Arséne Wenger Was A Lone Voice in Wayne Rooney’s Near Rebellion

The success of Arséne Wenger and Sir Alex Ferguson is evident on the pitch, but must also be attributed to skills applied throughout the numerous aspects of the trade.



The manager is a strong guide inside the club and has to establish his authority and demonstrate he is in complete control.”


“I met with David Gill last week and he did not give me any of the assurances I was seeking about the future squad.” -Wayne Rooney

In the span of a week, Wayne Rooney, all but certain to leave Manchester United, had suddenly pledged his loyalty by signing a new long-term contract. The story was resolved as quickly as broke into crisis. It burned fast, gave off bright light and wavy trails of smoke like fireworks or a dying star.

For a week, this Rooney saga proved the juiciest, for it was a football scandal through in through—highlighting the power of the player, the declining power of the football manager, the seedy puppetmastery of the shadow agent, and the illogical financial calculus of a club in precarious times. 

Within a few days of the story breaking, Sir Alex Ferguson gave a great press conference. He maneuvered skillfully, with a knife between smiling teeth, to position and influence the perception of himself, the club, and Rooney.

By the time the six-minute speech concluded, there was near consensus that the relationship between player and manager had become irreparable. Rooney would be off to Real Madrid, Chelsea, or, God forbid, Manchester City.

The press conference, which was closer to the briefing of a statesman, aimed to reassert his control over a situation with a number of unpredictable outcomes. He had to cover all of his bases, anticipate countermoves by Rooney, fans, and the media. He walked the finest of lines. Despite the brilliance of his efforts and broad exertion of control, the intricate maneuvering indicated that he was unsure how it would all end.

Rooney’s public criticism of Manchester United’s decline in combination with Ferguson’s press conference very quickly presented a story where it appeared that the media had no need to fill the scandal’s holes with the thinnest of speculation. The facts were hard and required little stretching. Everything between manager and favorite son had been laid bare. The only speculative element lay in where Rooney would go.

Arséne Wenger’s comments about the crisis, recorded the day before Ferguson’s press conference, were matter-of-fact. “Rooney is a great player. I am convinced he will stay at Manchester United because it is his club. They have the power to keep him.”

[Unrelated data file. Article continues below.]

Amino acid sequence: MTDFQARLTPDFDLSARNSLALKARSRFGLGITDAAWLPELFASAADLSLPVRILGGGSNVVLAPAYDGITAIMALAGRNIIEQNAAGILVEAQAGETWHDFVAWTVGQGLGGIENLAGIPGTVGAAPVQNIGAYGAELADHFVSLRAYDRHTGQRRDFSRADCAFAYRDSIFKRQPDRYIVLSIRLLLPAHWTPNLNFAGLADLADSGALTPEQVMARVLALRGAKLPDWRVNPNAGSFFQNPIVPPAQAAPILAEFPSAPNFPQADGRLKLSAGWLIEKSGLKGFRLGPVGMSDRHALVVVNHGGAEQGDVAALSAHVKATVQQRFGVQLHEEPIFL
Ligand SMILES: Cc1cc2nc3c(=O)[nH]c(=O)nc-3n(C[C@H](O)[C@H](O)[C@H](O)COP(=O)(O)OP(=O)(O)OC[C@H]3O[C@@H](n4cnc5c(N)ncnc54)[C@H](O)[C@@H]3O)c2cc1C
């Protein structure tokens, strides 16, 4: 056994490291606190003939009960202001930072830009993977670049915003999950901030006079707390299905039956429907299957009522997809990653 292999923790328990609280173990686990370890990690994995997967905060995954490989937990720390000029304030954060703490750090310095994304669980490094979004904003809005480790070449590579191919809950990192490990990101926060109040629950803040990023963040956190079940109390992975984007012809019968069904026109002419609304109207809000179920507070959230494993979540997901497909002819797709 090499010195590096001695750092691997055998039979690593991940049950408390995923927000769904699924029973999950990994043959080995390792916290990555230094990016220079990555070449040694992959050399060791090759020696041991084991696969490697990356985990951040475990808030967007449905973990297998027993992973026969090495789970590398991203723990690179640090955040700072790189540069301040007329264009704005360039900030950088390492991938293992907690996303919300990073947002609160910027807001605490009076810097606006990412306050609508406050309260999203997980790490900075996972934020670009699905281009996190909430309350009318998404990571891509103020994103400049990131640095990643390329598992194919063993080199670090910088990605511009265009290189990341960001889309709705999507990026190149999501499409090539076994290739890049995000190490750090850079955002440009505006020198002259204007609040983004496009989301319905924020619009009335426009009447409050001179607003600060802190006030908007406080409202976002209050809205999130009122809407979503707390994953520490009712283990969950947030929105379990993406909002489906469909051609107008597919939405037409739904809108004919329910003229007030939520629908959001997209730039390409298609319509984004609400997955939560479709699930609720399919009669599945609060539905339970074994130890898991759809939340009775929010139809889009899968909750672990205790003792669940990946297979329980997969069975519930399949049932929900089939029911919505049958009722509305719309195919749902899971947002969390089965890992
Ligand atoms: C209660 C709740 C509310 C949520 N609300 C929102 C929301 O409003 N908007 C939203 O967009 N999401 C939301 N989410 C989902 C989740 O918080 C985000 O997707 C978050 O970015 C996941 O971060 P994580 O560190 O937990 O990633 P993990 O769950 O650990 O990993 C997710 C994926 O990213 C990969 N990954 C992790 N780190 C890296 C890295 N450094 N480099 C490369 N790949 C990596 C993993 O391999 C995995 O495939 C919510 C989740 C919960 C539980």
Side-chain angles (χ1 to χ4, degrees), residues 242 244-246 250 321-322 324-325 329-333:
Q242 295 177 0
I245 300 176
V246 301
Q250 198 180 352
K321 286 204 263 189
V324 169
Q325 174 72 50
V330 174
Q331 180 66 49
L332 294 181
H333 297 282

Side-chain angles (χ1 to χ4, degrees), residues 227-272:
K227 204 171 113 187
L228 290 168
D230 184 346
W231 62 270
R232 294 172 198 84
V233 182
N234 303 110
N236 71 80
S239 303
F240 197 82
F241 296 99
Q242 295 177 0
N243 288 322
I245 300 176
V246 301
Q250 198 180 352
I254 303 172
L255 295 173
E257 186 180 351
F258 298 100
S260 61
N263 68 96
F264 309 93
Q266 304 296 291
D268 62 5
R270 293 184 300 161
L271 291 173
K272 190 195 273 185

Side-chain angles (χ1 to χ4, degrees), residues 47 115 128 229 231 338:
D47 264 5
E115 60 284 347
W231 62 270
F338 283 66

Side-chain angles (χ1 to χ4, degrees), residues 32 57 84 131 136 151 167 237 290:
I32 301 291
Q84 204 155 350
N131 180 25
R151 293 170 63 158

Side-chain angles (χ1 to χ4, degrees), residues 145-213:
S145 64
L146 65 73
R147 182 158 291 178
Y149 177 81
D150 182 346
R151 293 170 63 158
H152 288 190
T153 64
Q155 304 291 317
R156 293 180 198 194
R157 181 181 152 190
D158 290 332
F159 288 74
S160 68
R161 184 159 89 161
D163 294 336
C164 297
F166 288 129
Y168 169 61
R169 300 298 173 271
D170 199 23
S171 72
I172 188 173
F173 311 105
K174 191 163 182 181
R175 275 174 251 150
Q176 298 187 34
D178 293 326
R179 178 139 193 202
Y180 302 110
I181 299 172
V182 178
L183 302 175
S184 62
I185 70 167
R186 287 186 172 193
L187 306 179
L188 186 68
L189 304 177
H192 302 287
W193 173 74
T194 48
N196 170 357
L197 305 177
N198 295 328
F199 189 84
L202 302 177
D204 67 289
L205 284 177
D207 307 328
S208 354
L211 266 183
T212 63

In this highly excitable and sensational environment, Wenger’s straightforward comment sounds disjointed. With a drama of betrayal and broken trust playing to a whipped-up public, Wenger instead went straight to administrative matters. The drama may be nothing more than the legal phraseology of the contract.

This of course echoes the recent summer negotiations with Cesc Fabregas. If indeed Wenger drew from personal experience to characterize the epic in Manchester, he only looked further off the mark.

Wenger’s distaste for speculation cannot be discounted. Always cautious, he refused to wade into what he didn’t or couldn’t know, meaty, juicy, or otherwise (his devotion to a proper and disciplined diet is well known), regardless of what appeared to be factual.

If his first statement was rather abstemious—perhaps diplomatic or “academic”—then his second statement more than fully compensated.

“He [Rooney] would say ‘Old Trafford is my home, I will stay there’. And Manchester United would turn up with the right number. He knows that. They know that. Only three or four clubs can buy Wayne Rooney.”

It’s a strange turn. He refrained from entering the center of a controversy, but willingly occupied, if only for a single sentence, the confused mind of Wayne Rooney. He assumed Rooney’s voice and spoke in the first person, almost in the manner of ventriloquist. Ferguson and Wenger know the minds of players, but also seemingly can inhabit them, tap into their hidden intimate layers.

Part of Rooney’s new deal was an increase in his wages. But perhaps more important is the second part of the deal, one that shifts the issue away from Rooney’s avarice to a concern for the club’s future, at least as it stood in his mind. As he said in his counter-statement, “For me its all about winning trophies – as the club has always done under Sir Alex. Because of that I think the questions I was asking were justified.” (full statement)

In response to Rooney’s view that the club is in decline, the organization has restated a commitment to perpetuating the club’s dominance, ignoring that it stands on the accumulation of staggering debt, by pledging to purchase the best available players in the world. Amid denials of financial weakness, the pledge was a concession to Rooney’s point of view, which went some length to absolving Rooney as mercenary and hostage taker.

Wenger again. “For Rooney it will not be a financial choice. He will decide if he stays.” Or so it will seem to Rooney inside Rooney’s head.




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